AFL Round Table: Which team won the trade free agency period? Who was the bargain pickup?

Our AFL experts tackle some of the burning question following the 2021 trade and free agency period.

Which team won the trade and free agency period?

Jake Michaels: I really don't think there's a clear standout but I love the acquisition of Jeremy Finlayson for Port Adelaide and it might be enough to have them as the overall winner. The Power have been lacking a second key forward to release the pressure on Charlie Dixon, and now they have it. Mitch Georgiades will continue to develop and by year's end it could be a very dangerous forward line, particularly with Robbie Gray and Connor Rozee at ground level. Good enough to contend? Quite possibly. Moving up from pick 16 to 12 is also a nice bonus.

Matt Walsh: Adelaide got away with a good one in Jordan Dawson, and, for lets face it, unders. He's an elite kick that can play any part of the ground; according to Champion Data, since he's been in the AFL, he's played 50 percent in defence, 29 percent in the midfield and 21 percent as a forward - one of only 12 players in the competition to spend at least 20 percent across all three lines in this time. He fits the age bracket the Crows need (24) and will be a weapon with ball in hand. He also averaged the fourth most AFL Player Rating points of any defender last season. To pick him up for Melbourne's 2022 first-round pick (which could be in the high teens!) is a great result.

Chris Doerre: Adelaide are the biggest winners of the trade period. It's not every day a club secures an elite footballer for a pick that is likely to be a late first round choice, and even less common from a rebuilding team. What makes the result such a positive one is that the Crows didn't need to give up pick 4 or their 2022 first round pick in the exchange.

Who was the biggest 'bargain' pickup?

JM: How can it not be Luke Dunstan? I'm still amazed the Saints let him walk and congratulations to the Demons for picking him up for nothing. Dunstan proved this year, in his limited opportunities, that he can be a more than capable inside midfielder who has the ability to rack up plenty of ball. He'll do well to crack into Melbourne's premiership side but I think he can and I really get the feeling this could end up being up there with Jarryd Lyons and the Suns in terms of horror delistings.

MW: Any free agent is a bargain in terms of draft capital staying in a club's pocket, but Jake Kelly strikes me as a really shrewd pickup for the Bombers. He fills a need in defence, and what he offers is, quietly, a lot. He's a touch underappreciated; according to Champion Data, since 2018, he has been outmarked in just 9 percent of defensive one-on-one's and has lost just 18 percent of defensive one-on-one contests - the second best percentage of the top-50 one-on-one defenders in this time.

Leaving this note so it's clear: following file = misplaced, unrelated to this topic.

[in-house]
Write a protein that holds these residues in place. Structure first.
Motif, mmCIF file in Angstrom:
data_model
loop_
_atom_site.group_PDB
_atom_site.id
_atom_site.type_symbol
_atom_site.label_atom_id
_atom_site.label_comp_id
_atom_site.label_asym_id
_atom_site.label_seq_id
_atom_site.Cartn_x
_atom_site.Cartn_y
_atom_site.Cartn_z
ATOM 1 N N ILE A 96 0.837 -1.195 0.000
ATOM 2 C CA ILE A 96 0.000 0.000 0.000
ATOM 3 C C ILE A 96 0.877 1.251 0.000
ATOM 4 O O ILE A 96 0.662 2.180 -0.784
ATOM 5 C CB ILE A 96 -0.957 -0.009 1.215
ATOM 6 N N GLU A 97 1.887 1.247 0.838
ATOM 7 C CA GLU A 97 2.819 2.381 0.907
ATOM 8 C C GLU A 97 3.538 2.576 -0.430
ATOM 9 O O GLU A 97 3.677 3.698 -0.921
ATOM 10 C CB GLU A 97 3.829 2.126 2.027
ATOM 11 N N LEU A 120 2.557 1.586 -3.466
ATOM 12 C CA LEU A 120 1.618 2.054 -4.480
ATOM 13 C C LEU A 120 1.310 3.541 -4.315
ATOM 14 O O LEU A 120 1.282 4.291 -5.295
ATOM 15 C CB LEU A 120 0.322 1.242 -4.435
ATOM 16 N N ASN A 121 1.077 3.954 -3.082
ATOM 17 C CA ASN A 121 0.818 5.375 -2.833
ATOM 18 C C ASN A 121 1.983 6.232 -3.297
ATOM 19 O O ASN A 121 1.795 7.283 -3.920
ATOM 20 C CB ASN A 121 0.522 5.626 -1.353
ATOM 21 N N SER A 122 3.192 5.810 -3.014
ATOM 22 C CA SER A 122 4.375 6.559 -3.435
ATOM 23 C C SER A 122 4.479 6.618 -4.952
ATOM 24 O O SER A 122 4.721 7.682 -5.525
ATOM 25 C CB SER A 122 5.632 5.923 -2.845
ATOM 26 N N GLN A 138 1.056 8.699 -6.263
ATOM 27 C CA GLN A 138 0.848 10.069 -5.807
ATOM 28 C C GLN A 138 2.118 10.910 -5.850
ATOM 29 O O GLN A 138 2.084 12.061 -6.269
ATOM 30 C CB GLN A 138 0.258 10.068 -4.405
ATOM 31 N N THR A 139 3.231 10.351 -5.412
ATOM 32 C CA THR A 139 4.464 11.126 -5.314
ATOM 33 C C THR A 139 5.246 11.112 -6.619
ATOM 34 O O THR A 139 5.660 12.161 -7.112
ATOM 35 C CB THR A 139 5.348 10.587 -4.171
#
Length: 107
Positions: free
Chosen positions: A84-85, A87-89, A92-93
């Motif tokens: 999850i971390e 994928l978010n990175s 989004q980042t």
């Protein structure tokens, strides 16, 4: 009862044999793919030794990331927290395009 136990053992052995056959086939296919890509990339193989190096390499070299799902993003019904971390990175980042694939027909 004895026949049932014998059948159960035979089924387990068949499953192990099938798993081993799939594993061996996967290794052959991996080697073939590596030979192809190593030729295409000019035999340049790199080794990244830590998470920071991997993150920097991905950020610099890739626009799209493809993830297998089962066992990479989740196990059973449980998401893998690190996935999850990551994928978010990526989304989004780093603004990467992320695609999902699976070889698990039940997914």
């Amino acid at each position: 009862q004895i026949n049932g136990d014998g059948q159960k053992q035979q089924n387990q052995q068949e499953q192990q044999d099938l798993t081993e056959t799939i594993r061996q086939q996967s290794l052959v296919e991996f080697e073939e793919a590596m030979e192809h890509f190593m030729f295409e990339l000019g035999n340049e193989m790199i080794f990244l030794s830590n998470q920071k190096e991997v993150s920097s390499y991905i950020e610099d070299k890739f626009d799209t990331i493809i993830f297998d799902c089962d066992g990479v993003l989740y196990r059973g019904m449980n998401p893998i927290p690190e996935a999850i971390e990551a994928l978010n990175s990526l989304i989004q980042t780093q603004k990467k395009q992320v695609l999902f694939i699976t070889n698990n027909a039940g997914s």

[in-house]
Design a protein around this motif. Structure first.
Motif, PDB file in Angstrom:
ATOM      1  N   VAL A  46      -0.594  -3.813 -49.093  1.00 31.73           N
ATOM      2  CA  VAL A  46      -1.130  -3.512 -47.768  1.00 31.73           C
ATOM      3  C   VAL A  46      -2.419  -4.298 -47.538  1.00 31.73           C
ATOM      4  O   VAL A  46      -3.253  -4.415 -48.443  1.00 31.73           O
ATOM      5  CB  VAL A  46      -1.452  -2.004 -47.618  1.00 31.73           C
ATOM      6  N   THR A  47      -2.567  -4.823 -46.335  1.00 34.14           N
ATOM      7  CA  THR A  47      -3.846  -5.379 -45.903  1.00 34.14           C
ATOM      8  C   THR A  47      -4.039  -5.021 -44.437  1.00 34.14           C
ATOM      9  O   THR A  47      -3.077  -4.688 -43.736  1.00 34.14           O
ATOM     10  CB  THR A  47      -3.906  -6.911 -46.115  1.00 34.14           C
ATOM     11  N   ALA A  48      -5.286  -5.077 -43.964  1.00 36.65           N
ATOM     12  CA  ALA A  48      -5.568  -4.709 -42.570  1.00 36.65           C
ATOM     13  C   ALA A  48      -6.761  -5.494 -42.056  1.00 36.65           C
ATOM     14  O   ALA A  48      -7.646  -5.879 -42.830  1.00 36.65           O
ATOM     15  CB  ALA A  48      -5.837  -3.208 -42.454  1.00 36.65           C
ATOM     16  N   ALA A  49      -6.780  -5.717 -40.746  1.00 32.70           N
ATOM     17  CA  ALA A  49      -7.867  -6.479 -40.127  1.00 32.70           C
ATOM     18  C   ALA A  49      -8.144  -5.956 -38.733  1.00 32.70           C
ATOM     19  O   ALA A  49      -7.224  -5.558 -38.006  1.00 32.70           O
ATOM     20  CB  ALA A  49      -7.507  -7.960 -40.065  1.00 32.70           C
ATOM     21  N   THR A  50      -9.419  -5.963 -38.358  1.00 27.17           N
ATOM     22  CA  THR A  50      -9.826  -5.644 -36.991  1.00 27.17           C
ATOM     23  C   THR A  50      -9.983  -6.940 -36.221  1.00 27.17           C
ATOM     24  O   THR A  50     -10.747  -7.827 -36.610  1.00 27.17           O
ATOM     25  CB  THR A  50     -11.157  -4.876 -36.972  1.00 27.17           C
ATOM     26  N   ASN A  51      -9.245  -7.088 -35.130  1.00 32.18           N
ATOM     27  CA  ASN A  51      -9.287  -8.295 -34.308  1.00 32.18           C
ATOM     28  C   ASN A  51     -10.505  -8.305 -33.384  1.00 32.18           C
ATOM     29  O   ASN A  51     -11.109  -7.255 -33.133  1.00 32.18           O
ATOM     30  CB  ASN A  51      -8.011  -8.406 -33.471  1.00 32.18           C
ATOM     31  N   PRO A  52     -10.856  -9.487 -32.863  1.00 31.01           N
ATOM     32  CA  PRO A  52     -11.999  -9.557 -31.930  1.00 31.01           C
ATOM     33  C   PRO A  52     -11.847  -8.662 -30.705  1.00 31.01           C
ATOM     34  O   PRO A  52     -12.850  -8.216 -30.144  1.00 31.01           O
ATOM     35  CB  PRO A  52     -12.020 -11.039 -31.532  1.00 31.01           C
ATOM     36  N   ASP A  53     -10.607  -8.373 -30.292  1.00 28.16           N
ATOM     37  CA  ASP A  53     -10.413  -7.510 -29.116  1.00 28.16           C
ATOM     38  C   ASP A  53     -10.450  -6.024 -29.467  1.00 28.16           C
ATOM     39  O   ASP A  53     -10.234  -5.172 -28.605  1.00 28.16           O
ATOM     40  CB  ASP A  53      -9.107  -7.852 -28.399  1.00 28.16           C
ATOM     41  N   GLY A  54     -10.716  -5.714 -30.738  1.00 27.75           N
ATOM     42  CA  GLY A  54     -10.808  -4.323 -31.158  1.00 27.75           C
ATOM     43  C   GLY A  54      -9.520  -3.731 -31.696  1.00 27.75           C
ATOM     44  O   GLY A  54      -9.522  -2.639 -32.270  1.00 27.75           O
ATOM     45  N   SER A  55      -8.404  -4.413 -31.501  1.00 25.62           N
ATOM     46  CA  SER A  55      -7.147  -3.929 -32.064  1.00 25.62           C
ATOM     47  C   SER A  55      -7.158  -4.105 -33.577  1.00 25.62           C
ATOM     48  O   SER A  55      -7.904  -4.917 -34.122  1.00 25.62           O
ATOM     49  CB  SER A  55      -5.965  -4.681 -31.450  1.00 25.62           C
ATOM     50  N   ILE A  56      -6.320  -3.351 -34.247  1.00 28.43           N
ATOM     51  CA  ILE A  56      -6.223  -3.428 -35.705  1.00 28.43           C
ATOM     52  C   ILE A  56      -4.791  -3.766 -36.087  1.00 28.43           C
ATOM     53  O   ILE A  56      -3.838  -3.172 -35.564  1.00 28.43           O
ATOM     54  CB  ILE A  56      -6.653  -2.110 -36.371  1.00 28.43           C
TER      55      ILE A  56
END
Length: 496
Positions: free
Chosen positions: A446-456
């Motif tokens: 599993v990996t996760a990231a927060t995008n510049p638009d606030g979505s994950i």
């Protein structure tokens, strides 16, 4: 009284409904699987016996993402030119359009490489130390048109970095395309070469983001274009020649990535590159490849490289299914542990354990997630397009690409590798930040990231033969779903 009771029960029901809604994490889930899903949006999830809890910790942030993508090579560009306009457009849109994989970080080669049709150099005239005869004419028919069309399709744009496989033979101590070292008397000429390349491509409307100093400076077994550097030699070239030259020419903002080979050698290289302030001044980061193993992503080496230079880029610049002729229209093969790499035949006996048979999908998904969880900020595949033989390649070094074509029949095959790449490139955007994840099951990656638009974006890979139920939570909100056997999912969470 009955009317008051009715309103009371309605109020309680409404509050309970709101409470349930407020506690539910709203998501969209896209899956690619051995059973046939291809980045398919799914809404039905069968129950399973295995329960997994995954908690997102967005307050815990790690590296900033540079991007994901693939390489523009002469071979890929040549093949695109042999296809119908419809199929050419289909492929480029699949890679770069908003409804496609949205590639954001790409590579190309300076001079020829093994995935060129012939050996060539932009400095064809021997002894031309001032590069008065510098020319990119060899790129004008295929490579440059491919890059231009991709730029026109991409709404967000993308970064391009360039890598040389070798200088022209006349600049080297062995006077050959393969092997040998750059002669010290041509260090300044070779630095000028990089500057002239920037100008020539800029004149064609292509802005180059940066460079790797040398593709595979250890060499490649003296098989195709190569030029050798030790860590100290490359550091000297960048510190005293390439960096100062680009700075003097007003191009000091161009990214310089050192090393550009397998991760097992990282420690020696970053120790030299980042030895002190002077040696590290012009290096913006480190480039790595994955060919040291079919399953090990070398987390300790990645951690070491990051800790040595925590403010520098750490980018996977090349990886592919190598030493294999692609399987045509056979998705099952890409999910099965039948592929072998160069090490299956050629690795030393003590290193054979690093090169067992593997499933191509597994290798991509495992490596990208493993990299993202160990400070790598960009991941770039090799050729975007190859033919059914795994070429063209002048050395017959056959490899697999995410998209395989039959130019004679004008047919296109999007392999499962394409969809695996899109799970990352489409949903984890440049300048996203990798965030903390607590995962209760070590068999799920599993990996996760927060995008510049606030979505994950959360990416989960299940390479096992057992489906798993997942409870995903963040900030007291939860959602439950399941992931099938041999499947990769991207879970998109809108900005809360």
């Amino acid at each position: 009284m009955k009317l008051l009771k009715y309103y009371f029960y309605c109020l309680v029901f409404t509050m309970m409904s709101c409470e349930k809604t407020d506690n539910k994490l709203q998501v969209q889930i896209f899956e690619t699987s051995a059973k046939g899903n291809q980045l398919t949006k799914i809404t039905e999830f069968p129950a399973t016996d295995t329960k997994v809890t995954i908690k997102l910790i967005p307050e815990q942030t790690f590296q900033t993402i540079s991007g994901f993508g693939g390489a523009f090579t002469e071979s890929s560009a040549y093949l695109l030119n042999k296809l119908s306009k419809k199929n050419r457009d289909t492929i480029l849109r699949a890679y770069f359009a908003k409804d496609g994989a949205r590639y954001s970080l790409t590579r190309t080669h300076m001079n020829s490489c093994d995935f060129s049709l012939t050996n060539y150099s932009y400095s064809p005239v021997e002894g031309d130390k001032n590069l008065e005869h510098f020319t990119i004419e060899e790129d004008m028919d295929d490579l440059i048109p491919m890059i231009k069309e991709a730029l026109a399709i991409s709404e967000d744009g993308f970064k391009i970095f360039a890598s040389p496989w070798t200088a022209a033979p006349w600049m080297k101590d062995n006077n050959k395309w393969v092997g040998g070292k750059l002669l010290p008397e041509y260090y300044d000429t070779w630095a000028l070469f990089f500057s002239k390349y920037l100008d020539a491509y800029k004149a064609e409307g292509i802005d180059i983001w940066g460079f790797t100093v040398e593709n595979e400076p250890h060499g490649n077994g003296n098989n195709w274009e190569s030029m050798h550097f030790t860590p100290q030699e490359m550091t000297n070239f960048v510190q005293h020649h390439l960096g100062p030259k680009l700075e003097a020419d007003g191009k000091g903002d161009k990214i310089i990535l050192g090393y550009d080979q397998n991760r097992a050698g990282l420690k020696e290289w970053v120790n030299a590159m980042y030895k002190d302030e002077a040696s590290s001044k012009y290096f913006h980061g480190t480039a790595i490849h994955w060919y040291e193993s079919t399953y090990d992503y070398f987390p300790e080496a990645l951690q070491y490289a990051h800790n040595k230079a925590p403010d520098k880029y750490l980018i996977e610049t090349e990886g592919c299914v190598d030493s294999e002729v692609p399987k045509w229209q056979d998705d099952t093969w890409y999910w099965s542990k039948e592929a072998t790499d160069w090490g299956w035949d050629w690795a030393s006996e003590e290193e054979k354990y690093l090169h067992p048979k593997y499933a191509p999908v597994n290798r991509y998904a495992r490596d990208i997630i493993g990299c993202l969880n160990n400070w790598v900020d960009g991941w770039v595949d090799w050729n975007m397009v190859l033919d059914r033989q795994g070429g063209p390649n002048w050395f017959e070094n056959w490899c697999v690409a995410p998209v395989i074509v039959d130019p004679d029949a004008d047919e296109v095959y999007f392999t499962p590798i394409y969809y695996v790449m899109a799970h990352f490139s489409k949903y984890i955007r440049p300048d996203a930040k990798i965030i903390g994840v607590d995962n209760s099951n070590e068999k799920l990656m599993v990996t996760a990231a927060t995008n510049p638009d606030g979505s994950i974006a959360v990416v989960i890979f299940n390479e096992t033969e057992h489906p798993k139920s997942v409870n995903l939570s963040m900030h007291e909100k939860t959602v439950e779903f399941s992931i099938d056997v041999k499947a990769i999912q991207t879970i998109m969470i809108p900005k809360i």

CD: Max Lynch may be the biggest bargain of the trade period if his rapid development continues. With Ned Reeves previously Hawthorn's only ruckman under the age of 30, Lynch fixes up the Hawks' age demographics through the ruck and provides them a genuine contender to Reeves for the long term number one ruck post.

How would you improve the trade and free agency period?

JM: I know it will never happen because the AFL wants fans and the media discussing trades for as long as possible, but I would love for the whole period to be much shorter. Imagine the urgency of getting deals done if you had just, say, 48 hours! It would be total bonkers and you wouldn't be able to miss a minute. As it is, a 90 second read at the end of each day is more than enough to get you up to speed. But yeah, not sure the league will go for that one...

MW: This is interesting because there are a number of cool ideas that could really improve the offseason. I'd keep the postseason trade and free agency period short - a week for free agents and two days for trades. I'd then add another trade period of two days in February, and than another again across the bye weeks. The net length is similar, but there's scope for contenders to bolster their lists midseason, and scope for strugglers to get (probably) improved draft capital for a club desperate to push for a flag.

CD: A mid-season window to trade players and picks would give clubs the opportunity to fill needs and allow them to use mid-season draft picks for the best available talent. Similarly, during the National Draft each year, being able to trade players would give clubs an opportunity for greater flexibility and ability to be creative in how they go about improving their lists.

What was the biggest surprise of the trade and free agency period?

JM: I probably shouldn't be surprised anymore but what is going on with Geelong and the obsession with players on the wrong side of 30? Seriously, it's like a nursing home at GMHBA Stadium! The Cats moved on three players in their twenties (Jordan Clark, Darcy Fort and Nathan Kreuger) and only managed to add 30-year-old ruck Jonathon Ceglar. They also don't hold a pick inside the top 20. This side just keeps getting older.

MW: Does Hawthorn's email from Jeff Kennett count? He told fans in an email that they may be 'surprised' by some of the decisions made by the club, hinting that stars were on the trade table. It then sparked rumours of interest for Brownlow Medallist Tom Mitchell, Jaeger O'Meara, Chad Wingard and then Luke Breust. While these didn't eventuate, it was certainly ... a league first from Jeffrey - and of course it had to be him!

CD: Luke Dunstan to Melbourne as a free agent is the most surprising of the period. It's a gutsy free agency decision to join the premiers and believe he can earn a best-22 position in what is a loaded midfield. Watch for a big preseason and don't be surprised if Dunstan earns his games given his competitiveness.